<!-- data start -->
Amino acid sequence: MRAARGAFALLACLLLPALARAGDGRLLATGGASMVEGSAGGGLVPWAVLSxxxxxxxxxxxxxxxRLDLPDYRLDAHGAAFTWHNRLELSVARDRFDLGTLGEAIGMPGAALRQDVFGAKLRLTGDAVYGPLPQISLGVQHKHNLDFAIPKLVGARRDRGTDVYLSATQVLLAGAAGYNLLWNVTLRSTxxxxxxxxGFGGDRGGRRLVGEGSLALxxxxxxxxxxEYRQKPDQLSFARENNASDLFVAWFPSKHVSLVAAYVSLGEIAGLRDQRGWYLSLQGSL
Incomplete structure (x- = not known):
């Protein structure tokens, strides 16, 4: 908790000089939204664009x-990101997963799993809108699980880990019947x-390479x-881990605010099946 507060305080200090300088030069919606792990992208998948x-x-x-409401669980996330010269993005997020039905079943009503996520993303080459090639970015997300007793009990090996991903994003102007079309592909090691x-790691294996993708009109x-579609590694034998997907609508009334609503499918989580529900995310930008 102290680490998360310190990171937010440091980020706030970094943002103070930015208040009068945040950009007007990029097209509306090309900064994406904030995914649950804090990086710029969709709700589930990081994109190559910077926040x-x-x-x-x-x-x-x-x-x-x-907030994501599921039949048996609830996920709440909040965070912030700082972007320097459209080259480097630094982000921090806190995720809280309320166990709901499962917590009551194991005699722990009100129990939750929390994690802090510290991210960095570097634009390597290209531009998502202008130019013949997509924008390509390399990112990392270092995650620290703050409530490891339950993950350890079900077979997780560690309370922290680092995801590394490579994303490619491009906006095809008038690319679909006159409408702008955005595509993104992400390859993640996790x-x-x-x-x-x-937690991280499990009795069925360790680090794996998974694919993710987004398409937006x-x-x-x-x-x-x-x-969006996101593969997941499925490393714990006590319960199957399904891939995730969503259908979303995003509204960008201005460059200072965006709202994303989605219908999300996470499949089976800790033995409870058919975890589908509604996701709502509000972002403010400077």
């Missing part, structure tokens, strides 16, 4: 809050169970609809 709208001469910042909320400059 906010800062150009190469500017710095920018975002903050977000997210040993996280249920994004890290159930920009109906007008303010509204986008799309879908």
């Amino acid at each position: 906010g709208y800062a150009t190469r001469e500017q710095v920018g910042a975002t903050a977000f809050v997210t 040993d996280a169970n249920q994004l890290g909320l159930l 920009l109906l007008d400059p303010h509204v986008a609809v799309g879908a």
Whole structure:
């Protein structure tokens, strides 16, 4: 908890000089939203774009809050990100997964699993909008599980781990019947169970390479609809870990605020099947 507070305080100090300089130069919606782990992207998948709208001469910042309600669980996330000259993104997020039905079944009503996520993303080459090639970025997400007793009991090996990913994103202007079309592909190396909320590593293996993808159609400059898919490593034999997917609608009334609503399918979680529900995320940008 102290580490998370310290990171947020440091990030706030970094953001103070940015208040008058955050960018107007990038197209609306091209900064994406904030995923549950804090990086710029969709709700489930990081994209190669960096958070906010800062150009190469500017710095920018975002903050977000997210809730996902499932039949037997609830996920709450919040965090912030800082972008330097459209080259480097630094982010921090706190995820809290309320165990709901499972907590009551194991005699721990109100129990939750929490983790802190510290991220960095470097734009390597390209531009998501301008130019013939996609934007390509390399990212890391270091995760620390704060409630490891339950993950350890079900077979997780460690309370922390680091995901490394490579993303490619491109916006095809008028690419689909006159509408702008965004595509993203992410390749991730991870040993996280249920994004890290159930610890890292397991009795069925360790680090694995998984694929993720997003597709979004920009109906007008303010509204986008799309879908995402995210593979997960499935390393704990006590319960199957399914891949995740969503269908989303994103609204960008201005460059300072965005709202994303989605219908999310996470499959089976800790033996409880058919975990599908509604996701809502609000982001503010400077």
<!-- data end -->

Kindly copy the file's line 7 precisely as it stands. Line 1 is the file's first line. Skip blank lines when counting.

């Protein structure tokens, strides 16, 4: 908890000089939203774009809050990100997964699993909008599980781990019947169970390479609809870990605020099947 507070305080100090300089130069919606782990992207998948709208001469910042309600669980996330000259993104997020039905079944009503996520993303080459090639970025997400007793009991090996990913994103202007079309592909190396909320590593293996993808159609400059898919490593034999997917609608009334609503399918979680529900995320940008 102290580490998370310290990171947020440091990030706030970094953001103070940015208040008058955050960018107007990038197209609306091209900064994406904030995923549950804090990086710029969709709700489930990081994209190669960096958070906010800062150009190469500017710095920018975002903050977000997210809730996902499932039949037997609830996920709450919040965090912030800082972008330097459209080259480097630094982010921090706190995820809290309320165990709901499972907590009551194991005699721990109100129990939750929490983790802190510290991220960095470097734009390597390209531009998501301008130019013939996609934007390509390399990212890391270091995760620390704060409630490891339950993950350890079900077979997780460690309370922390680091995901490394490579993303490619491109916006095809008028690419689909006159509408702008965004595509993203992410390749991730991870040993996280249920994004890290159930610890890292397991009795069925360790680090694995998984694929993720997003597709979004920009109906007008303010509204986008799309879908995402995210593979997960499935390393704990006590319960199957399914891949995740969503269908989303994103609204960008201005460059300072965005709202994303989605219908999310996470499959089976800790033996409880058919975990599908509604996701809502609000982001503010400077």